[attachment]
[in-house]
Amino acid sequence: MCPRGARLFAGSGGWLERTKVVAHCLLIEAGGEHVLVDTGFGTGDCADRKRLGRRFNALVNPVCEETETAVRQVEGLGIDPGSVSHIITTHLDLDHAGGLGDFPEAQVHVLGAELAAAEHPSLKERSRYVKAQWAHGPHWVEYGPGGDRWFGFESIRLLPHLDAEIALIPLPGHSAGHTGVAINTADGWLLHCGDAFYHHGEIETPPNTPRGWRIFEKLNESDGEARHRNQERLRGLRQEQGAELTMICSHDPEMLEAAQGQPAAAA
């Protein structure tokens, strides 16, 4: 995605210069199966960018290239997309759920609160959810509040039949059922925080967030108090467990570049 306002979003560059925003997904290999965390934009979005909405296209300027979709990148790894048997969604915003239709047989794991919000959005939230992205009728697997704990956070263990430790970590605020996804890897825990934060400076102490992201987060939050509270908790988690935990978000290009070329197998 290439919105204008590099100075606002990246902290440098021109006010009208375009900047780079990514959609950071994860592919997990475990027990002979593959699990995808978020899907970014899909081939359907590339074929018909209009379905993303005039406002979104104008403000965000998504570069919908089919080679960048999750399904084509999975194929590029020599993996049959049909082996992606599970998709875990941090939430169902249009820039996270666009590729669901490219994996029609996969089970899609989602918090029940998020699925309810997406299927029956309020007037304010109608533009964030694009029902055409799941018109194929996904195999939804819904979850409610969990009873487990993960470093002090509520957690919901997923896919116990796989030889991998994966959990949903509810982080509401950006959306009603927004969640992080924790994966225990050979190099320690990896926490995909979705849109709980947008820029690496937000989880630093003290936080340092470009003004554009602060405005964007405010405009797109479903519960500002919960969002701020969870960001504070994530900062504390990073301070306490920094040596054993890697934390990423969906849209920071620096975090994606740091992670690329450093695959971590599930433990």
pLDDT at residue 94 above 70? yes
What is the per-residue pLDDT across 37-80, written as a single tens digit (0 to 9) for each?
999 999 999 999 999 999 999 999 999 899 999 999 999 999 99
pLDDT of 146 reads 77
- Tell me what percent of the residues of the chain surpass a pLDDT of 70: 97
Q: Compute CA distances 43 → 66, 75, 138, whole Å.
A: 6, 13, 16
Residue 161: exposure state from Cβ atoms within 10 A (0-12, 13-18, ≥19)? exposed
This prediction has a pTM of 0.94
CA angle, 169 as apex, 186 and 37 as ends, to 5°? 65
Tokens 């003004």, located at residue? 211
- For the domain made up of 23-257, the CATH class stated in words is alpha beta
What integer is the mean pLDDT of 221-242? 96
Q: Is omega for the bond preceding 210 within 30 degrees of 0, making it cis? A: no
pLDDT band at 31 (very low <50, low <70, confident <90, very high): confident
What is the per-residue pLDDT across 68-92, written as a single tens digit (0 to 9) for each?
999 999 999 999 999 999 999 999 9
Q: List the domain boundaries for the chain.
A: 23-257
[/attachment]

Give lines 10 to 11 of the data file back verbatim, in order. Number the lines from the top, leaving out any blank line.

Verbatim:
A: 6, 13, 16
Residue 161: exposure state from Cβ atoms within 10 A (0-12, 13-18, ≥19)? exposed